gallery Freedom or Repression of Speech at Alberta’s Universities? A Point of Contention Between the NDP and the UCP

Global Research, August 13, 2019

Is former NDP Cabinet Minister, Shannon Phillips, attempting to revive her waning political career by initiating a fear mongering campaign? Ms. Phillips is targeting Alberta Premier Jason Kenney’s plan to integrate the Chicago Principles on Free Speech into the operations of Alberta’s colleges and universities.

The University of Chicago put forward a statement in 2015 asserting that it is an essential duty of universities to foster debate even when some might find the certain arguments to be “offensive, unwise, immoral or wrongheaded.” Rather than trying to constrain speech the academic mission calls on its champions to celebrate ideas by debating them with enthusiasm and respect.

In an Aug. 9 video posted on her Facebook account, Lethbridge-West MLA Shannon Phillips tries to make a case against the Chicago Principles. Instead of embracing free speech, Ms. Phillips would apparently prefer to continue the Alberta NDP’s policy of trying to manage and control speech in Alberta’s institutions of higher learning. This NDP hostility to free speech and to academic freedom has been most clearly expressed in the political party’s shifting position on my case.

My suspension came in October of 2016 as an administrative response to a now-notorious Facebook scam mounted by B’nai Brith Canada and Joshua Goldberg. Goldberg’s extremely reprehensible “Kill All Jews” post is said to have appeared very briefly on my Facebook wall without my sanction or agreement. Goldberg is presently in a US federal penitentiary convicted of terrorist charges.   

See this and this.

Ms. Phillips wants to confine the issues to my suspension at the U of L in October of 2016. Among the many issues she tries to ignore or downplay is the fact that the professional associations representing me locally and nationally defeated the U of L Board of Governors in the Alberta Court of Queen’s Bench. The ruling came down in September of 2017. It indicated my suspension took place outside the terms of an administrative-faculty collective agreement. A judge ruled that my suspension was illegal.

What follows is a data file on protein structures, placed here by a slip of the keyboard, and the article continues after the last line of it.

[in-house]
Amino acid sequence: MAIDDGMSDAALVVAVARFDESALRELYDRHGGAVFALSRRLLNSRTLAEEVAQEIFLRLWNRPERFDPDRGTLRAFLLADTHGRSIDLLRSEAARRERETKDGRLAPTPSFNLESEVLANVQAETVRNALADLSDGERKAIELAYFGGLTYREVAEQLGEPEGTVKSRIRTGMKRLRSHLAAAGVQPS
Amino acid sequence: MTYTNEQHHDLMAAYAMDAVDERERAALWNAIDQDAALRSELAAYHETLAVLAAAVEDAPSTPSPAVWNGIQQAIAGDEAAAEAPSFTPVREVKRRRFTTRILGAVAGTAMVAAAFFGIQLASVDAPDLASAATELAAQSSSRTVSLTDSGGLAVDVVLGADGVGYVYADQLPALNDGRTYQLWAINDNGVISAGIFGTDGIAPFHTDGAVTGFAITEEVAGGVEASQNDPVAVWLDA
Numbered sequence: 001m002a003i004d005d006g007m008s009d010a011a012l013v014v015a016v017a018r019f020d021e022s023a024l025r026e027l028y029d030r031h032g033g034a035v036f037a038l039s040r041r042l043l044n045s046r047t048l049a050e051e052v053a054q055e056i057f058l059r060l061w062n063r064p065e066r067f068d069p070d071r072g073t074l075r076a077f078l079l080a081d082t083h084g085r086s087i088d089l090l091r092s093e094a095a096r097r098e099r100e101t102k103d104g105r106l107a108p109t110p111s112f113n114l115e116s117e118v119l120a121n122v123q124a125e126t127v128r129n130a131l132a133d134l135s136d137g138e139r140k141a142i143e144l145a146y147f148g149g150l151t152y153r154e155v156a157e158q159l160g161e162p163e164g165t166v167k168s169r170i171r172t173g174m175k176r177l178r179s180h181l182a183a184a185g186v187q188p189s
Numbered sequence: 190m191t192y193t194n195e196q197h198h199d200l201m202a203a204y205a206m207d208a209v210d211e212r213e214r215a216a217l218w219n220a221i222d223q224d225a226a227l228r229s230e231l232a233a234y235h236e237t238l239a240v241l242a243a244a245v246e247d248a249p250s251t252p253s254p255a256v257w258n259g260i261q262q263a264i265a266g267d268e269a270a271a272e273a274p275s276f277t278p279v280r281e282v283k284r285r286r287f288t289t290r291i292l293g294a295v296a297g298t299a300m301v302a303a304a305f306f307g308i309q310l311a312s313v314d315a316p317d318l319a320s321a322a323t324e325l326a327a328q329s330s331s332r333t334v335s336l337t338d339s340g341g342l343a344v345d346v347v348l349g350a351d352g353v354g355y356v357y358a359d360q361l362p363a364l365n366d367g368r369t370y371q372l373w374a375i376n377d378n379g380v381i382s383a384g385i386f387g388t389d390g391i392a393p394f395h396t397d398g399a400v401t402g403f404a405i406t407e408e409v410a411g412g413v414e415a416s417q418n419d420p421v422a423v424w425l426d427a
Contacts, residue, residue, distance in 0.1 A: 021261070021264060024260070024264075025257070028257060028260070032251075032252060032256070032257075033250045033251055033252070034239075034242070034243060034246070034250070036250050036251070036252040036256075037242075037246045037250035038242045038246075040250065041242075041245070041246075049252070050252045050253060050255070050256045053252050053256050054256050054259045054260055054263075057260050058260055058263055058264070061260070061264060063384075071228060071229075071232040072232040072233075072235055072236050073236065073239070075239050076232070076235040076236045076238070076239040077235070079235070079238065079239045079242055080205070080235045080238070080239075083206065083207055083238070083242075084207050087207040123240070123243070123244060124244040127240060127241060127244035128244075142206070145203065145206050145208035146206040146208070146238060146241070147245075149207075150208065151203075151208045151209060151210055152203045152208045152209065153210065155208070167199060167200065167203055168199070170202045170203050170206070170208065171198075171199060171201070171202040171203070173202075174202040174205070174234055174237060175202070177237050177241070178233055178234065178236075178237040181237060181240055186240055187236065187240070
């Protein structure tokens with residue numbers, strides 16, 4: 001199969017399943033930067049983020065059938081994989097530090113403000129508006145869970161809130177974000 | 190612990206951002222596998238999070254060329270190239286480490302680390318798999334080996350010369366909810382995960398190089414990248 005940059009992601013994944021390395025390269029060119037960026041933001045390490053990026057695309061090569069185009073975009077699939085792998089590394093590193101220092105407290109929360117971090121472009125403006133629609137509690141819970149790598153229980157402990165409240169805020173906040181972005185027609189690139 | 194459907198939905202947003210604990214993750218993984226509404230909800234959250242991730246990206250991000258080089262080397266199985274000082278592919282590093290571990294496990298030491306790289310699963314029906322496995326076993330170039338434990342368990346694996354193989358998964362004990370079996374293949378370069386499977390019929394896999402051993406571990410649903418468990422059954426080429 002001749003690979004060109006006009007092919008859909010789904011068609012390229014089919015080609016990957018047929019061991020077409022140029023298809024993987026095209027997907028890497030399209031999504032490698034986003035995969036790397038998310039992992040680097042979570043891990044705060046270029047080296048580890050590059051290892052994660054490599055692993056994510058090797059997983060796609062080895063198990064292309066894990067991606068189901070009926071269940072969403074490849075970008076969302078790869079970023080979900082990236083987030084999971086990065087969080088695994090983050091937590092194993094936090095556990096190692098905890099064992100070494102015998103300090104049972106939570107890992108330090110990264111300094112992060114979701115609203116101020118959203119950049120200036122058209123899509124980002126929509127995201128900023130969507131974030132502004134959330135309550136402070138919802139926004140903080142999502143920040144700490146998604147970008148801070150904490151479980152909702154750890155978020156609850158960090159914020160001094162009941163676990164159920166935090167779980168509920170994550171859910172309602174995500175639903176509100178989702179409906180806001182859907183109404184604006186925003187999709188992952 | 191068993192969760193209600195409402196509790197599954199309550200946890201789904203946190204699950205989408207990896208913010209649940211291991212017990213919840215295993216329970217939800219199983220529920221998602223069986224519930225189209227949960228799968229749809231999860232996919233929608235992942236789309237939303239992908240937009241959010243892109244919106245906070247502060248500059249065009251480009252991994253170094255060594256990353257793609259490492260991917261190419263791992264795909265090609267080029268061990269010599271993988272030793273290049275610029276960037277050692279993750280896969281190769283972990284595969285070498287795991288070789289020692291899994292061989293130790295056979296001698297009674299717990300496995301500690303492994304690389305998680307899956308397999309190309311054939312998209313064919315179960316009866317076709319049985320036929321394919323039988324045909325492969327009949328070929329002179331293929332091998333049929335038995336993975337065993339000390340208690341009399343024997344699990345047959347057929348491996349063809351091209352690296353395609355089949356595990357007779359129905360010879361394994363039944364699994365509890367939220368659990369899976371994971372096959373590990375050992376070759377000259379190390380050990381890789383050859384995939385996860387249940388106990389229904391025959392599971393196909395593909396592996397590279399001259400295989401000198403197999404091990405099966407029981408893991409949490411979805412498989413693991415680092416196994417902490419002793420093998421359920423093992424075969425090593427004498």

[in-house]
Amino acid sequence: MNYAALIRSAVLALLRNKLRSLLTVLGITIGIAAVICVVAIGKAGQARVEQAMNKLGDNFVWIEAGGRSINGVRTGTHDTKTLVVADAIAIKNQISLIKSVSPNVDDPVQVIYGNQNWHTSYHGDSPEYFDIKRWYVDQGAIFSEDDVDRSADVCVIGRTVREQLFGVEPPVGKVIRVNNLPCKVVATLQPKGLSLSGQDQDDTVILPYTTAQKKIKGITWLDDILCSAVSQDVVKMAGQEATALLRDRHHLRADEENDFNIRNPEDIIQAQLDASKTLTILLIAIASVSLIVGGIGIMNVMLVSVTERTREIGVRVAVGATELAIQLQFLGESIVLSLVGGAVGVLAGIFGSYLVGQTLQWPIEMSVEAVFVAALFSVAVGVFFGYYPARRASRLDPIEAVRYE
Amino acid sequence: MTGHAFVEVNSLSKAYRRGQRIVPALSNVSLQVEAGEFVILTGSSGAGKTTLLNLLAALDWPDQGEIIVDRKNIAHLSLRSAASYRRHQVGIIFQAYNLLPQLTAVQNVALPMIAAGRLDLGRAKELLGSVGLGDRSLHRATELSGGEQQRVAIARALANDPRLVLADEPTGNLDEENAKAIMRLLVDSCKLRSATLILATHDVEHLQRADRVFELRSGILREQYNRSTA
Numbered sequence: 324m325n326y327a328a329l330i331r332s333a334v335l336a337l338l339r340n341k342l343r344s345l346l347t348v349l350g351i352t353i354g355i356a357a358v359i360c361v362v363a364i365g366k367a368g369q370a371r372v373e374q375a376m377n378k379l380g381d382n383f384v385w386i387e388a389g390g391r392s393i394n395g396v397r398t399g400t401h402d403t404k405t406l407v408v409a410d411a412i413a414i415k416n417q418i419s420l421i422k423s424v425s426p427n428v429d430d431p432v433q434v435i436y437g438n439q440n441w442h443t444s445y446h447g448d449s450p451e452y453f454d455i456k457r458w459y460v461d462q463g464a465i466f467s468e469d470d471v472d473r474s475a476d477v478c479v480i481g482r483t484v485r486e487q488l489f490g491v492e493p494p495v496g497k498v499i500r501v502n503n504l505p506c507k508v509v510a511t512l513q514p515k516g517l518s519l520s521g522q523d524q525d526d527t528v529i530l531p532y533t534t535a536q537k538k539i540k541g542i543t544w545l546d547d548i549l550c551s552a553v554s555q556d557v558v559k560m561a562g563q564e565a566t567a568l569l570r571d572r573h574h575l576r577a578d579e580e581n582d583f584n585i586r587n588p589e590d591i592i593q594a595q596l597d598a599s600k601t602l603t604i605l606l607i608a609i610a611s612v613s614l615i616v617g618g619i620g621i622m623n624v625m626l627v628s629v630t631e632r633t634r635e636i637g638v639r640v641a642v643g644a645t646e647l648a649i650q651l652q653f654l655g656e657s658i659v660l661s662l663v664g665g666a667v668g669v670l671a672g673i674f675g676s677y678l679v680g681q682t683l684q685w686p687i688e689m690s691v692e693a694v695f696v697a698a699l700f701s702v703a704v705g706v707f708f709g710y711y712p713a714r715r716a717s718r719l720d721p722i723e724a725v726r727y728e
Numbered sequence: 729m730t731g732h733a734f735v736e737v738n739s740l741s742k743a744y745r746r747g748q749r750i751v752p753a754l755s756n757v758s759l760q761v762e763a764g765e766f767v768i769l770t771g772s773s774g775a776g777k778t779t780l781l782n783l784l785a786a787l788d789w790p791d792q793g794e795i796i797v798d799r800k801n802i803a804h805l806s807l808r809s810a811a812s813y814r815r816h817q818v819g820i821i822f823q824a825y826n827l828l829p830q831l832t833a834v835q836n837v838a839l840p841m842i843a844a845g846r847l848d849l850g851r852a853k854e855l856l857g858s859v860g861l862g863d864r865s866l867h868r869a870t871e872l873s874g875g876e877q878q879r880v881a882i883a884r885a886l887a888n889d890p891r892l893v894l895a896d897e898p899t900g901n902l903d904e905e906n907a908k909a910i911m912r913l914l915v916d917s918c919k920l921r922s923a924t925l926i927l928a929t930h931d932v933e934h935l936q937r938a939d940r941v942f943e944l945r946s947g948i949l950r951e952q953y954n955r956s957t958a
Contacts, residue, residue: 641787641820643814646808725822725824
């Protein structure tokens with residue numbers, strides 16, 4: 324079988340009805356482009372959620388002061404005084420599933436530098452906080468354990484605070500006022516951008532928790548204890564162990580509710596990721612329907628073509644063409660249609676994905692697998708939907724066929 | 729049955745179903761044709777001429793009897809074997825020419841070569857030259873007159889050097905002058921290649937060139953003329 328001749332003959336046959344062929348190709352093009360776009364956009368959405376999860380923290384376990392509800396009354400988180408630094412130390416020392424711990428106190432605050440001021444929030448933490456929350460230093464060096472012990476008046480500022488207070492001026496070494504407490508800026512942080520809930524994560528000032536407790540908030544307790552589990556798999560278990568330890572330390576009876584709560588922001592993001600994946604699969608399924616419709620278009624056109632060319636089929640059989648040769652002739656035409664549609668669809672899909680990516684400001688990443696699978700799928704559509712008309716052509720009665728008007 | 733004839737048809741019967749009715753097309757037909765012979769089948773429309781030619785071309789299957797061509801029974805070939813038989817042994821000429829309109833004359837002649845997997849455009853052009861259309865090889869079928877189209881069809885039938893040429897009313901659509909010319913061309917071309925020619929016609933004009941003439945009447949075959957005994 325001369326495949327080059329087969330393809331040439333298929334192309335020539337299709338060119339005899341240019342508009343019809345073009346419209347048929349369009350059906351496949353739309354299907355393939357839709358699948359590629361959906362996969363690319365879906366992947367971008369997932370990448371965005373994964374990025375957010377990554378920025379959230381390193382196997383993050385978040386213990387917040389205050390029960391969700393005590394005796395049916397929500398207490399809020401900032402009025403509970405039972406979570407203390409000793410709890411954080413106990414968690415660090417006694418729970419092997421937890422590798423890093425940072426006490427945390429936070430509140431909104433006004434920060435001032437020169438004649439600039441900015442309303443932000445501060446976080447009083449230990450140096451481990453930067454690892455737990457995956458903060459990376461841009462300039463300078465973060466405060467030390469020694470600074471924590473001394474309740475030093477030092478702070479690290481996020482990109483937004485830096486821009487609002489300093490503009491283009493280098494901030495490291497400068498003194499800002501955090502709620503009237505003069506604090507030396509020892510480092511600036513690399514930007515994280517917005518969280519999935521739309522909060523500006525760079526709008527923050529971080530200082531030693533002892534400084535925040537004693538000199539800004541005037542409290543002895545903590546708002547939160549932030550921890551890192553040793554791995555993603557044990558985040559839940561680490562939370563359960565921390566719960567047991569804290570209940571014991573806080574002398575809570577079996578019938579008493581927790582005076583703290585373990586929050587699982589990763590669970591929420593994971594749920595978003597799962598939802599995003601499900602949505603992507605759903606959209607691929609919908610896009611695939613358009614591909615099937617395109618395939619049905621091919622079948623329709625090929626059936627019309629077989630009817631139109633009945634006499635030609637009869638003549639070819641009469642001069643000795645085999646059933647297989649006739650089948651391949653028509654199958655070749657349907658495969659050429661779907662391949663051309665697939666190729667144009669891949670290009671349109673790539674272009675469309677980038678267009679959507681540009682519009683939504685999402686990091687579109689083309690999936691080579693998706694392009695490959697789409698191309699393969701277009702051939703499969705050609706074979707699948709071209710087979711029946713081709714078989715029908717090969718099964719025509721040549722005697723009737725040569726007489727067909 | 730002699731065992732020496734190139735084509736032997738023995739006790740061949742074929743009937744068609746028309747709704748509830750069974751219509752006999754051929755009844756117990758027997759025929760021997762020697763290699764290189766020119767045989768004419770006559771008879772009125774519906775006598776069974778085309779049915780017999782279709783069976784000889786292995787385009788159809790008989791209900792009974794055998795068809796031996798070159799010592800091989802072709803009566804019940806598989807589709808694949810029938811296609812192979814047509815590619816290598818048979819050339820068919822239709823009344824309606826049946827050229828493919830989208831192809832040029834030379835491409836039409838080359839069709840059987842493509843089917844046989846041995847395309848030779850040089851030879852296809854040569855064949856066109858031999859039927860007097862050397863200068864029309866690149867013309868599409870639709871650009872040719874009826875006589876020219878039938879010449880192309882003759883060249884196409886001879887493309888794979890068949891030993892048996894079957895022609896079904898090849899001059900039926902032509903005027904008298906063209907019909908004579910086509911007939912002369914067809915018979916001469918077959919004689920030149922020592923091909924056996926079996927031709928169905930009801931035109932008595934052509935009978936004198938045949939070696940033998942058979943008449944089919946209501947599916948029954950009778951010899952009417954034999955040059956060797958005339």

It does not bode well for the future of the supposedly left-leaning NDP that one of its senior MLAs can be so flippantly dismissive about an administrative failure to live up to the terms of a collective agreement with a faculty association. Who does the Alberta NDP represent if it fails to uphold the rights of organized labour?

Is the NDP’s position on Israel-Palestinian relations illustrative of the party’s propensity to identify with wealth and power over the victims of injustice? The provincial and national branches of the NDP have disappointed many decent men and women who expect Canada to show some sort of balance in its international orientation to the Jewish state and the Palestinian people.

The former leader of the federal NDP, Tom Mulcair, was ruthlessly one-sided in his Middle East policies. Mulcair would not allow NDP MPs to criticize Israel. He prevented NDP members from seeking election to federal office if they manifested pro-Palestinian proclivities. Mulcair prevented Libby Davis, Morgan Wheeldon, Jerry Natanine and Paul Manly from running for public office. Paul Manley’s father, James, is a United Church clergyman who risked his life on a ship seeking to deliver in 2012 humanitarian aid to the Palestinian inhabitants of the blockaded open-air prison of Gaza.